Sonars and echosounders are widely used for remote sensing of life in the marine environment. There is an ongoing need to make the acoustic identification of marine species more correct and objective and thereby reduce the uncertainty of acoustic abundance estimates.
The price of caught fish can depend strongly on their length or weight. This creates a strong motivation and need for pre-catch size estimation, particularly in purse seine fisheries. While it is customary to release unwanted schools, this can cause high mortality in the fish. We present initial measurements and at-sea trials of an acoustic system and real-time processing algorithm that estimates the length of Atlantic herring (Clupea harengus L.) to within +/- 3 cm.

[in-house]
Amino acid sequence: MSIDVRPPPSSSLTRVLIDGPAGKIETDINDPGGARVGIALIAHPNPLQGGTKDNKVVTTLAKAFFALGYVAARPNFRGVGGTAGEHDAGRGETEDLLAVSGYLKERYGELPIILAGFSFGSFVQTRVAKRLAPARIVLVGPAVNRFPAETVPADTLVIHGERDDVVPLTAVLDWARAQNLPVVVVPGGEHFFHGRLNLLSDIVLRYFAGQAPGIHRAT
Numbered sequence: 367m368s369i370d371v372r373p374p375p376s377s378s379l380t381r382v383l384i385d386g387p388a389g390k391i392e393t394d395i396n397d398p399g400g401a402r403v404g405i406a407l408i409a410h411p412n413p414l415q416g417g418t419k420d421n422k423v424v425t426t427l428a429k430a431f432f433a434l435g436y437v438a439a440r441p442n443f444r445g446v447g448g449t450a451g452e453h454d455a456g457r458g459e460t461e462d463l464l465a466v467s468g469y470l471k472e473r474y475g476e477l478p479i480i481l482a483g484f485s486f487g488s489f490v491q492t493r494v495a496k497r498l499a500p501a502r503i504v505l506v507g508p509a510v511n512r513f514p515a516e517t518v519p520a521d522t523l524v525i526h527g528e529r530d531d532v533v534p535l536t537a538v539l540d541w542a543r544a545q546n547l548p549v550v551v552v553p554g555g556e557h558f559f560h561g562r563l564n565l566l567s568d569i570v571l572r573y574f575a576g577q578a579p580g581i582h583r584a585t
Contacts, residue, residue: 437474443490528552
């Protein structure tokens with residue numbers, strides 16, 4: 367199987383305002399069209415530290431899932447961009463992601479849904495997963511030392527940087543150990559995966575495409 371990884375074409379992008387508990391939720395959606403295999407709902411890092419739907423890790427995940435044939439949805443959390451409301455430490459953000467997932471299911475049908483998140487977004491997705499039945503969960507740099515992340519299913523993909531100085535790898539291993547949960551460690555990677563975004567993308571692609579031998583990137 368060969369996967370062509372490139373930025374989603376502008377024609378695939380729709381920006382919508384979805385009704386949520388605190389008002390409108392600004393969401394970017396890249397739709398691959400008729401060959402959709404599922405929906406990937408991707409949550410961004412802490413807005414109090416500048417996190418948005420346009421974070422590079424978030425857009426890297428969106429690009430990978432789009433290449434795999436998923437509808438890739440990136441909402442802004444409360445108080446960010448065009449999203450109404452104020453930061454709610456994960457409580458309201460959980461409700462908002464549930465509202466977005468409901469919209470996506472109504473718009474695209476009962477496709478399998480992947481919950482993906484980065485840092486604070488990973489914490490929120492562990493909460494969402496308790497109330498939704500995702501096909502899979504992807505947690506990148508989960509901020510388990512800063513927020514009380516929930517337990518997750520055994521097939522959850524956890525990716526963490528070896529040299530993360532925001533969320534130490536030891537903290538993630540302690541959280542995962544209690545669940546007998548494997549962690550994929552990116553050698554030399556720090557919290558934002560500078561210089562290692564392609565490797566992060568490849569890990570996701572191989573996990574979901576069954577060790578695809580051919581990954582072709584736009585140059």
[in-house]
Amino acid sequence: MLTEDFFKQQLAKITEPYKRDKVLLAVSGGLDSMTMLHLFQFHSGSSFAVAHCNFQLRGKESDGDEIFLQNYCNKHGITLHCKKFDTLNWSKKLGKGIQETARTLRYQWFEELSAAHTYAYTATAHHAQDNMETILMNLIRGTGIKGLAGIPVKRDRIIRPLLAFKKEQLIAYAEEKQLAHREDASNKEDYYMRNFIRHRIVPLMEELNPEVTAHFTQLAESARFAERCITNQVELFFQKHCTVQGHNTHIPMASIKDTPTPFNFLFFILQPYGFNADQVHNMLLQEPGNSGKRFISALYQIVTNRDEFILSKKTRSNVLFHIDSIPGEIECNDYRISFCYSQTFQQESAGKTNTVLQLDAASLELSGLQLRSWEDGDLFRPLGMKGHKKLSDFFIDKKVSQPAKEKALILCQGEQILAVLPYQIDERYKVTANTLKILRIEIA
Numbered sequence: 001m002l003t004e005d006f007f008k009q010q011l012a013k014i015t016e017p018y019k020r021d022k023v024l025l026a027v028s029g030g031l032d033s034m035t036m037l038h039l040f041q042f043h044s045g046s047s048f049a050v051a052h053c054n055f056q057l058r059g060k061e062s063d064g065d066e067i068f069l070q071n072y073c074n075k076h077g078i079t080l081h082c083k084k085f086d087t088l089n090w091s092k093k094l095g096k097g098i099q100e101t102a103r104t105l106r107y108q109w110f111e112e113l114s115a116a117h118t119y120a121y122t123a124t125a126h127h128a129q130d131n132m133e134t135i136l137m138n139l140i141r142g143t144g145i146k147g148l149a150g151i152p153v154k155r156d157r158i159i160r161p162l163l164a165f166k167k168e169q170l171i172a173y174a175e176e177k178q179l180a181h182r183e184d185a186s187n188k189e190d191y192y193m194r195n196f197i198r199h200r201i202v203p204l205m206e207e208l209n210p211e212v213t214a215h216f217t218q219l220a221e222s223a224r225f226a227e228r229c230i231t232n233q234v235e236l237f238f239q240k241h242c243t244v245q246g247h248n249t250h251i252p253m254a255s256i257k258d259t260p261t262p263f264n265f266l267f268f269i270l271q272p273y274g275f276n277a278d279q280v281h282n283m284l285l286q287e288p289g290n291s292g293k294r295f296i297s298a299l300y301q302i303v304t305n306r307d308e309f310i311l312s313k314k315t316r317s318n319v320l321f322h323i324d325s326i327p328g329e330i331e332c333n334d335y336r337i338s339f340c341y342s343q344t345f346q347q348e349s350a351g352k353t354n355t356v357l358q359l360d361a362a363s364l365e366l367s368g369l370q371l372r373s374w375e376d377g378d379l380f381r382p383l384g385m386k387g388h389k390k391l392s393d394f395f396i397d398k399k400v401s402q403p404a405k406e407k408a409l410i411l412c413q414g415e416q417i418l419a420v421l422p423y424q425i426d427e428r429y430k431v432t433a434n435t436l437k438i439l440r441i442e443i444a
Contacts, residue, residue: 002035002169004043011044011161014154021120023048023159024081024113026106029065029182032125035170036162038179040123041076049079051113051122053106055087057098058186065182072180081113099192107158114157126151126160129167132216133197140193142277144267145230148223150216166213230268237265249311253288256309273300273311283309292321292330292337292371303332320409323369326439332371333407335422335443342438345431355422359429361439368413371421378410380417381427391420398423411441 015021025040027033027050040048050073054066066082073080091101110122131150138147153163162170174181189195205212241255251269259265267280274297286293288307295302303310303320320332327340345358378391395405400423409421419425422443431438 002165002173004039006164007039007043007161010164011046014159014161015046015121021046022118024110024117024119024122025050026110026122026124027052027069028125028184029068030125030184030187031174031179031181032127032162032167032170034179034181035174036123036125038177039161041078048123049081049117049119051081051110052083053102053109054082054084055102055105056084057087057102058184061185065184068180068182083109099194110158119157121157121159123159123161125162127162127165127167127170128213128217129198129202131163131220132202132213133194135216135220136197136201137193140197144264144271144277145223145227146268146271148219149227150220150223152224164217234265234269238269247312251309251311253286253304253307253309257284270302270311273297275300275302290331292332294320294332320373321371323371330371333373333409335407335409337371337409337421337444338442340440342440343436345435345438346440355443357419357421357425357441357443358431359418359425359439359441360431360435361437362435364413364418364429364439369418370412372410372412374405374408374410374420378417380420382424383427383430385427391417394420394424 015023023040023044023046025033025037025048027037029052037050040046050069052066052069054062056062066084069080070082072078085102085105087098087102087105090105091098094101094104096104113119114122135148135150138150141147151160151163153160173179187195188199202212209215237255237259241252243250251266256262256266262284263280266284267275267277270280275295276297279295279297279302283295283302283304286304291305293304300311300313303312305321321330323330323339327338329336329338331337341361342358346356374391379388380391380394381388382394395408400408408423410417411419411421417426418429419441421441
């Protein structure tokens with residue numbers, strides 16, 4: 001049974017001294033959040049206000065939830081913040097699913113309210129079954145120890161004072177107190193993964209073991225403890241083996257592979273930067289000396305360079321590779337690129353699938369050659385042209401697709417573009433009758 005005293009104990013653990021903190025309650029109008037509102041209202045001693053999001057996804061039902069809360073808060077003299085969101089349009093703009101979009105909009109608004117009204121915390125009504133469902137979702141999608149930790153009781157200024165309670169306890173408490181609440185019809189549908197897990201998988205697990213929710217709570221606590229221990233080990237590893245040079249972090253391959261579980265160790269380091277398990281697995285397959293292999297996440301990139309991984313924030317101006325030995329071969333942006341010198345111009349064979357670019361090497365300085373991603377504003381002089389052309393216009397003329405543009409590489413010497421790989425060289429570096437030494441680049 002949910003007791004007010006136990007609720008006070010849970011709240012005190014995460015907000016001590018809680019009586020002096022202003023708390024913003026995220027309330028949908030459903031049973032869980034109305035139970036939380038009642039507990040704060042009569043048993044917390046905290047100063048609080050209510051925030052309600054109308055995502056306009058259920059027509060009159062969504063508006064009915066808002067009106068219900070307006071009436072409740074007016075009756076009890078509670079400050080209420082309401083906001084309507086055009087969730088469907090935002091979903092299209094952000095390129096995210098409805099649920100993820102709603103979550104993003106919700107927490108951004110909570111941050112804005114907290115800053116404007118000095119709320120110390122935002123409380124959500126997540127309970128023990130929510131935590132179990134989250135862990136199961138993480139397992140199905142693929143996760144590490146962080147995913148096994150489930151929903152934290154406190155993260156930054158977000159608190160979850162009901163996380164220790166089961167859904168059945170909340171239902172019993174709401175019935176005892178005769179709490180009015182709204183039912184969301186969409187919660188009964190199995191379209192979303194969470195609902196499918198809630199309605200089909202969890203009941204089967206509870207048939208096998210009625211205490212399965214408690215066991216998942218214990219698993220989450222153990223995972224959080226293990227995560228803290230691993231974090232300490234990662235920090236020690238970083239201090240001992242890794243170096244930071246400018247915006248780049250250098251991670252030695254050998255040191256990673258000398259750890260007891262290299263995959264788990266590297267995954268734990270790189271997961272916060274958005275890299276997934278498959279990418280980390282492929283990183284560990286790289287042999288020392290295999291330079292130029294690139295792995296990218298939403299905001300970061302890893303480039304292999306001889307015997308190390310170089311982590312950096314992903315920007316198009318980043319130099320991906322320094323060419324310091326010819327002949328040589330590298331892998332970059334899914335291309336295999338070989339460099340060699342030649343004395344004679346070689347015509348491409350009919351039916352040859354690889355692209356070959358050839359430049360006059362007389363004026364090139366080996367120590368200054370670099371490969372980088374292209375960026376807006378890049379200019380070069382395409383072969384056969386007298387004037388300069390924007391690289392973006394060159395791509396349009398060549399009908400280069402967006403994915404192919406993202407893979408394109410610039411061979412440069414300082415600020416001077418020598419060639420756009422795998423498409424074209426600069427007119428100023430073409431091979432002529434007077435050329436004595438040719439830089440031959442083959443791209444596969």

The development of methods for the acoustic identification of fish is a long-term objective aimed at reducing uncertainty in acoustic-survey estimates. The relative frequency response r(f) measured simultaneously at several frequencies is one of the main acoustic features that characterize the targets, but the relationship between nearest neighbours, school morphology, and environmental and geographical data are also important characteristics in this context.
Combining multibeam-sonar and multifrequency-echosounder data: examples of the analysis and imaging of large euphausiid schools
The first high-resolution, quantitative, multibeam sonar (Simrad MS70) ever developed was mounted in a keel of RV “G. O. Sars” with port-orientated beams. Each ping samples a volume of 60° horizontally × 45° vertically with 500 beams, which is often enough to insonify a complete school of fish or zooplankton.